06 Aug 2018

Fisherwomen of Waiʻanae

Fisherwomen of Waiʻanae
TEXT BY RAE SOJOT | IMAGES BY JOSIAH PATTERSON | SOURCE: HALE SEASON 2

Meet the West Side wāhine who seek the sea for sustenance, camaraderie, and self-worth.

In this photo essay, follow the daily adventures of these faithful fishers, from sunrise to sunset.

In Hawai‘i, fisherwomen are a small demographic, representing 17 percent of ocean recreationists holding boat safety certifications. They encounter the same trials and triumphs out on the ocean, and like their male counterparts, are eager to test their mettle. Gender stereotypes quickly sink in the midst of Jess Rohr, Tasha Ferriman-Denison, and Rhonda Ferriman. “There are a lot of strong women out there leading the way, but we still get messages from society that women aren’t capable,” says Rohr, one of the captains for Boom Boom Sportfishing, a deep-sea fishing charter based out of Wai‘anae Harbor. “It’s nice to shut that idea down and believe in yourself. It’s empowering.

Fisherwomen of Waiʻanae

From sea, the Wai‘anae Mountains cut a striking line of green and gold against the sky. “The West Side’s bathymetry, or underwater topography, is steeper and drops off more rapidly than other locations around O‘ahu,” explains Jamison Gove, a NOAA oceanographer. “This allows for fishers to trawl for pelagic fish, such as tuna and marlin, much closer to shore.” Weather also plays an important role. Windy, choppy conditions are a bane of fishing, but since the dominant winds here in Hawai‘i are Northeast trades, the Wai‘anae Range blocks much of the wind. The result? Brilliant blue waters and boast-worthy fishing grounds.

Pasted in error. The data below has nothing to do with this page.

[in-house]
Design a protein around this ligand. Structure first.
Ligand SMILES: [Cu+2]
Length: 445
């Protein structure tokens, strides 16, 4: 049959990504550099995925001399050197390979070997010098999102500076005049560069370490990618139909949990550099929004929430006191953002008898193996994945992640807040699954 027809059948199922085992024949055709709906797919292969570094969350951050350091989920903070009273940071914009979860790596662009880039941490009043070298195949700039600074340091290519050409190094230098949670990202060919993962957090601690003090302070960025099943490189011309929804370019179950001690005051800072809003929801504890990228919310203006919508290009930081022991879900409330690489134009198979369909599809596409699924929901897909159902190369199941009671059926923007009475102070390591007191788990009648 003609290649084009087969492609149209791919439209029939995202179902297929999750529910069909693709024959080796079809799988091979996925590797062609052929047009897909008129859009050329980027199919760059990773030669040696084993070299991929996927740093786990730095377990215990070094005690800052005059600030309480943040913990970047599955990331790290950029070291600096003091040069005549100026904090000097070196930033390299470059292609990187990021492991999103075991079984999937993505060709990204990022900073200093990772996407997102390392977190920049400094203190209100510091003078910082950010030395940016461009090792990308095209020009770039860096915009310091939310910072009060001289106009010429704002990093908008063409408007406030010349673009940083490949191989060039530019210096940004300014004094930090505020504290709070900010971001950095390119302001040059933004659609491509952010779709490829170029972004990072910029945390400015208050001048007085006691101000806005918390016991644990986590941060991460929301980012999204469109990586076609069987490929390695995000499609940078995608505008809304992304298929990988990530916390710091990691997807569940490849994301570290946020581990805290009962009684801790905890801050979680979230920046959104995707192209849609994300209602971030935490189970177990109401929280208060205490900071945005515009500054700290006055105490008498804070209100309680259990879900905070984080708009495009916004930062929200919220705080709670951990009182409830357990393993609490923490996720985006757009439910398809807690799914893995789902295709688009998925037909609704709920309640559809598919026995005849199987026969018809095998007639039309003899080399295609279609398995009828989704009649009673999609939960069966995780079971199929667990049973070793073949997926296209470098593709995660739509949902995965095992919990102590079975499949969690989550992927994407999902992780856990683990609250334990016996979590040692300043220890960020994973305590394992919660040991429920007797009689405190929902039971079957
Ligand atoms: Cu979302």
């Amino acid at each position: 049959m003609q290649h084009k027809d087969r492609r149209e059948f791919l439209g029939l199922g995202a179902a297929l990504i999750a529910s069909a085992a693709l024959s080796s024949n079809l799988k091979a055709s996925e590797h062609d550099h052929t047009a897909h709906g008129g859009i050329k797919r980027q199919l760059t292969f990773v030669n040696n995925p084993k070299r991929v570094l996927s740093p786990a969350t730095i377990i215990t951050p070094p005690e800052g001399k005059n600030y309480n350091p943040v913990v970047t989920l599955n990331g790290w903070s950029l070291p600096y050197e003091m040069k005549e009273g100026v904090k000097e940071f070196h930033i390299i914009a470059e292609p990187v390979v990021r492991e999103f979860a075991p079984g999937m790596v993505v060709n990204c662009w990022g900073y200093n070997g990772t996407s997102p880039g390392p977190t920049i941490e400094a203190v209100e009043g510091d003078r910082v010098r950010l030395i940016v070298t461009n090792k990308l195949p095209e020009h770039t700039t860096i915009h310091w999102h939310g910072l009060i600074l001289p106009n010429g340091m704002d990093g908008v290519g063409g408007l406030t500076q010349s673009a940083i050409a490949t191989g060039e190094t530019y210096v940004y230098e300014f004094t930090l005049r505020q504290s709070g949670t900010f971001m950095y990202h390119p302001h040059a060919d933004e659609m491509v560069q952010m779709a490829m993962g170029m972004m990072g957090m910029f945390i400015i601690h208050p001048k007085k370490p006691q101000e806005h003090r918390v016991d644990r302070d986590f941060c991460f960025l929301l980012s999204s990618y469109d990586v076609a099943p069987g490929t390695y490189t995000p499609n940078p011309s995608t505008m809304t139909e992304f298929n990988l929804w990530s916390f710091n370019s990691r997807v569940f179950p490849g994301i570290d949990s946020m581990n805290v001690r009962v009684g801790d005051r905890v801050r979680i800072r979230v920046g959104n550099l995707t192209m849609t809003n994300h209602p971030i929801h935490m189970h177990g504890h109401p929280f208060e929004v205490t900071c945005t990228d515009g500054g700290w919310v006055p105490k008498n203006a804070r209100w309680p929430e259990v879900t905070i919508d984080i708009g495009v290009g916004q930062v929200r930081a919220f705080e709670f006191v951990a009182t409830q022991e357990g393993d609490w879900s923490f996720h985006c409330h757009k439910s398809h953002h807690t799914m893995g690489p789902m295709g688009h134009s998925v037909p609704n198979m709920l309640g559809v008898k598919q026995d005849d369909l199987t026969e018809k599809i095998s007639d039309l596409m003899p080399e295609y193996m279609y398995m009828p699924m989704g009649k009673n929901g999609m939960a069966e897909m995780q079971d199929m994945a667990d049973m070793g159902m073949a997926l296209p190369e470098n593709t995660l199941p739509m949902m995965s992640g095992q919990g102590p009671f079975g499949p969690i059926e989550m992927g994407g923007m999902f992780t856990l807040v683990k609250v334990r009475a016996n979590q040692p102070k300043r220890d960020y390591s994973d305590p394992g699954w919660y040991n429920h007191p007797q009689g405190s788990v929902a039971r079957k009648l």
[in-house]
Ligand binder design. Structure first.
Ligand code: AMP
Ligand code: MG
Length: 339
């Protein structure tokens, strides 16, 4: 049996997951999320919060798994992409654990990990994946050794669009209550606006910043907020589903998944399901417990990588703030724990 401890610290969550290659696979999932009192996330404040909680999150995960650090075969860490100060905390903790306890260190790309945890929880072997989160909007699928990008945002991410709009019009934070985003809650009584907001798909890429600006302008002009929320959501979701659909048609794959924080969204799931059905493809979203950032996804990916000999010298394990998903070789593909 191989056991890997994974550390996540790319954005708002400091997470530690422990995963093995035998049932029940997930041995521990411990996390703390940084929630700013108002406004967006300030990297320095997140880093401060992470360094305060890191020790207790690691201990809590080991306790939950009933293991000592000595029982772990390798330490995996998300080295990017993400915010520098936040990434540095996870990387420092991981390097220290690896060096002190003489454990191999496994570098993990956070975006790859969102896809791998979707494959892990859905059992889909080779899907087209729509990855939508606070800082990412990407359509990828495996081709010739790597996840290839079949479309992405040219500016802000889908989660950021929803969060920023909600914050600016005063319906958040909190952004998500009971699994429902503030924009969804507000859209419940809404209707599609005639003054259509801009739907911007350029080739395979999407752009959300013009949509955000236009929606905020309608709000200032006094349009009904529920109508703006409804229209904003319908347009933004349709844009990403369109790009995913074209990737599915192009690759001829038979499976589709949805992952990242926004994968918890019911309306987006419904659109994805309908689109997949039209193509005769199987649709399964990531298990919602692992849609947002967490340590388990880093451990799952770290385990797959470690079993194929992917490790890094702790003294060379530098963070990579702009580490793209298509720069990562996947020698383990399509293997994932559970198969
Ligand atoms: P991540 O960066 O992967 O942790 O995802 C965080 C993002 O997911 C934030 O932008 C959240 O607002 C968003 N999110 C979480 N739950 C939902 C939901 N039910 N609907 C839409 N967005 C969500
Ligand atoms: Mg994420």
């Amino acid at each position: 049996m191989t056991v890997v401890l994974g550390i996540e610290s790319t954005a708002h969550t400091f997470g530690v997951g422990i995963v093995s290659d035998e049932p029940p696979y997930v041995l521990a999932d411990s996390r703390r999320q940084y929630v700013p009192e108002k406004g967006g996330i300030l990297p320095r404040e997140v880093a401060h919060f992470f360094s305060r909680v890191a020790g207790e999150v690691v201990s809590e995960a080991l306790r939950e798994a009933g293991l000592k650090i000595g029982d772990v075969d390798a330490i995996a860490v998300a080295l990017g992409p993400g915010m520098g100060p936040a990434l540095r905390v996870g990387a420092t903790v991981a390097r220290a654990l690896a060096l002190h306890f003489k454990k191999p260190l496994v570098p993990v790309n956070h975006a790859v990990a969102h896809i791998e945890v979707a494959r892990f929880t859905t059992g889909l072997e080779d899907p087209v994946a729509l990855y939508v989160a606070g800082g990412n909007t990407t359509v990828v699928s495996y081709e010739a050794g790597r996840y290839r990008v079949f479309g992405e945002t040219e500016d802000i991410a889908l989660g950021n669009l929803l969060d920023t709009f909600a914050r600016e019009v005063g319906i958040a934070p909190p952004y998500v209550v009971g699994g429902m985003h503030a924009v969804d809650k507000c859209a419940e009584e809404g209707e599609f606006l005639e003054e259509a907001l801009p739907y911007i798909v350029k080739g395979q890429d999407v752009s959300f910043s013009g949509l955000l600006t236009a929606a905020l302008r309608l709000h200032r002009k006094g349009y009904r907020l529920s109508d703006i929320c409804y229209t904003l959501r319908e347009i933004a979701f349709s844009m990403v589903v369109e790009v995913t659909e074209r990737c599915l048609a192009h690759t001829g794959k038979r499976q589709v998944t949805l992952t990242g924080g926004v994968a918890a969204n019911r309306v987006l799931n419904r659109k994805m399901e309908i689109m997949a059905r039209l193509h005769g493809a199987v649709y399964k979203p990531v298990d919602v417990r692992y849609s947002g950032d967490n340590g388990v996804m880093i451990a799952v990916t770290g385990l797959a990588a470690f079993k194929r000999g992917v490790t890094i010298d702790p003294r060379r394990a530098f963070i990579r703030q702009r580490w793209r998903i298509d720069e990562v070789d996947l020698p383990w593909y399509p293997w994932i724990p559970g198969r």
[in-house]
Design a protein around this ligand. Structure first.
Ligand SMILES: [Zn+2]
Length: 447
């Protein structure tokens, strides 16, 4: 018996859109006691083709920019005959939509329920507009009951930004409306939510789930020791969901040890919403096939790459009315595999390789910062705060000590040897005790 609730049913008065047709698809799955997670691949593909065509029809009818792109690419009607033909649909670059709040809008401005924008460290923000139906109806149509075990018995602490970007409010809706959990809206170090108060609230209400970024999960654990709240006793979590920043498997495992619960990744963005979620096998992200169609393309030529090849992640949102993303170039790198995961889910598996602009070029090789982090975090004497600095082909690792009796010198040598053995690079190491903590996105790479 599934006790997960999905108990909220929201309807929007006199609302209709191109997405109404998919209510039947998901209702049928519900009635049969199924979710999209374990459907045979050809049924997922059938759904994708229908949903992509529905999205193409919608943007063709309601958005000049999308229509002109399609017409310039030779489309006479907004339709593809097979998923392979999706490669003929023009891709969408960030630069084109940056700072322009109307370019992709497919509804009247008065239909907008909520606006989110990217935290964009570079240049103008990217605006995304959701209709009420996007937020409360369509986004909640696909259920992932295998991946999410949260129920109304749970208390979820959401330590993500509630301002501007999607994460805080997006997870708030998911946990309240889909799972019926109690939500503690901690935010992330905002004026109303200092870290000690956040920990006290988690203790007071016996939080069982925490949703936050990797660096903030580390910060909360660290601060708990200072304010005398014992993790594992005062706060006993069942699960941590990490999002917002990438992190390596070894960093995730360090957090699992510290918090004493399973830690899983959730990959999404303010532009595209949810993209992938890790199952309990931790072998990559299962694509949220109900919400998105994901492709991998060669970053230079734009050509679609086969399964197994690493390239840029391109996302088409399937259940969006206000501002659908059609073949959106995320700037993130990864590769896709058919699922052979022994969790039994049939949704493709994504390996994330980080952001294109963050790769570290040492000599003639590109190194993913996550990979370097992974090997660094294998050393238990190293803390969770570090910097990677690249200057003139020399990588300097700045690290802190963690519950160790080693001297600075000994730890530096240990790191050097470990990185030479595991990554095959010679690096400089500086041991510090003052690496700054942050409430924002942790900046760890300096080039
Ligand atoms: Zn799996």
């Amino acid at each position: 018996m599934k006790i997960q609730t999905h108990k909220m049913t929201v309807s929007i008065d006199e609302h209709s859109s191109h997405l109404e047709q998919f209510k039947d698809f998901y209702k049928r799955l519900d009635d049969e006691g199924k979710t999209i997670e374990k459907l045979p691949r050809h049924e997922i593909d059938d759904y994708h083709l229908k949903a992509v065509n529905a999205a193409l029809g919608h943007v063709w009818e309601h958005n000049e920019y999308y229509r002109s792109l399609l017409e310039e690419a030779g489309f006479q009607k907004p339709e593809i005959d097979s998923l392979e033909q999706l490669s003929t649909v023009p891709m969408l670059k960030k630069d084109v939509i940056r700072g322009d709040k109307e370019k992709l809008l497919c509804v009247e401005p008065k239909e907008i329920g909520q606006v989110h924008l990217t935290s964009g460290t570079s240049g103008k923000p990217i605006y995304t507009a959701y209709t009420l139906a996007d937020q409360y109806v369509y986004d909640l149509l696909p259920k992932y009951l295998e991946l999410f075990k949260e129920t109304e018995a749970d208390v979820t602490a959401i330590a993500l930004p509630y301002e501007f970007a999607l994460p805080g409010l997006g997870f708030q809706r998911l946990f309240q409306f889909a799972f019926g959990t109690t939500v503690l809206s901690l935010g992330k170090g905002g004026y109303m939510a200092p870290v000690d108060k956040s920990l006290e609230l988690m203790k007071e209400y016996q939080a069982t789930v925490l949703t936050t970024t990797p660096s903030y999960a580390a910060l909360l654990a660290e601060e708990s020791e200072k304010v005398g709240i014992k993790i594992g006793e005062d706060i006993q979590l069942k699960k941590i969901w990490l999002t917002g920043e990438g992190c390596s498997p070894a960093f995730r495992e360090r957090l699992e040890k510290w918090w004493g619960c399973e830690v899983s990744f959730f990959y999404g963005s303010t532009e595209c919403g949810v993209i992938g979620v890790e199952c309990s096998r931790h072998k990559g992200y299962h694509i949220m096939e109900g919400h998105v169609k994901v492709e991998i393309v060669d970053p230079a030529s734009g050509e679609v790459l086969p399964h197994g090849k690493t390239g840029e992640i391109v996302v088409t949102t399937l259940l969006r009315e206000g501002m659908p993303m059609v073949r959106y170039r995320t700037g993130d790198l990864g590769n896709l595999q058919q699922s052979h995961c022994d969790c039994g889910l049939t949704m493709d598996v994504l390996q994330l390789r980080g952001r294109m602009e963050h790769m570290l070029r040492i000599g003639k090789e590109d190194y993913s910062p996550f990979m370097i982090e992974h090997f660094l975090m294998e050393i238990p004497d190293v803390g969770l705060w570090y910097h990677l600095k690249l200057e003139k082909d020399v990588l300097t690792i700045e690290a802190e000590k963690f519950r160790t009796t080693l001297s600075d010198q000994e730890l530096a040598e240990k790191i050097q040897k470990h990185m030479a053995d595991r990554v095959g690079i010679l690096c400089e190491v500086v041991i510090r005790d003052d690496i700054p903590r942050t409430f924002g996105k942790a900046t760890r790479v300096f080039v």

Long known for its plentiful waters, Wai‘anae means “waters of the mullet” in the Hawaiian language, and fishing remains a rich tradition for many who live there. Here, Hawai‘i fishers are blessed with year-round action. Each fish species has a generalized season influenced by spawning, moon cycles, and migratory patterns. Winter months typically see fishers angling for shibi (small tuna), while spring brings striped marlin, mahimahi, and ono, and summer marks the arrival of ‘ahi, the locally prized fish that can weigh hundreds of pounds. The luckiest of fishers can catch all of these fish in one day.

Fisherwomen of Waiʻanae

Fishing runs in the family for Ferriman-Denison: Her father taught her how to fish the shoreline, crab, and troll when she was a child. “I loved trolling—when we hooked up, I would jump in the captain’s chair and drive the boat while my dad would fight, gaff, and land the fish,” she recalls. Despite the brutal task of delivering the final killing blow, young Ferriman-Denison was thrilled by the palpable action and excitement of fishing. Years later, her daughter, Tasha, shown above, heeded the sea’s siren call, and today, mother and daughter fish together. “I love to fish with Tasha. She’s the captain, and I go where the captain goes,” Ferriman-Denison says.

Every fisher has an epic tale of the one that got away. For Rohr and Ferriman-Denison, however, it’s the one that didn’t. Launching out from the harbor one fall morning, the two friends set lines and settled in for a day at sea. They kept themselves busy prepping bait and rigging lures. Suddenly, a reel zinged: It was a blue marlin. The women sprang into action. For the next two hours, a battle ensued. Determined to land the fish, the two worked together and prevailed. It was a veritable leviathan, a 400-pounder. “We both discovered strength we never knew we had,” says Ferriman-Denison, who later commemorated the experience with a tattoo of a jumping marlin.

Fisherwomen of Waiʻanae

The night before a dawn patrol excursion, Ferriman-Denison has a standard routine: Weather forecasts are scrutinized, poles and reels greased, lures and hooks readied, and ice—a minimum of 200 pounds worth—is packed onto the boat. The following morning sees a quick fuel-up at the gas station before launch. By sunrise, Ferriman-Denison and her crew may have already motored 25 miles towards the horizon, ready for any and all action.

Fishing is a study in patience and perseverance, punctuated by bouts of frenzied activity. Though the thrill of cranking poles and landing big fish fuels the passion, it’s the long spells of sea-based solitude that soothe the soul. “Being on the water gives me the sense of being one with the water,” Ferriman-Denison says. “It’s my happy place, whether I am catching fish or not.” Echoes Rohr, “I can leave the worries of land behind.”

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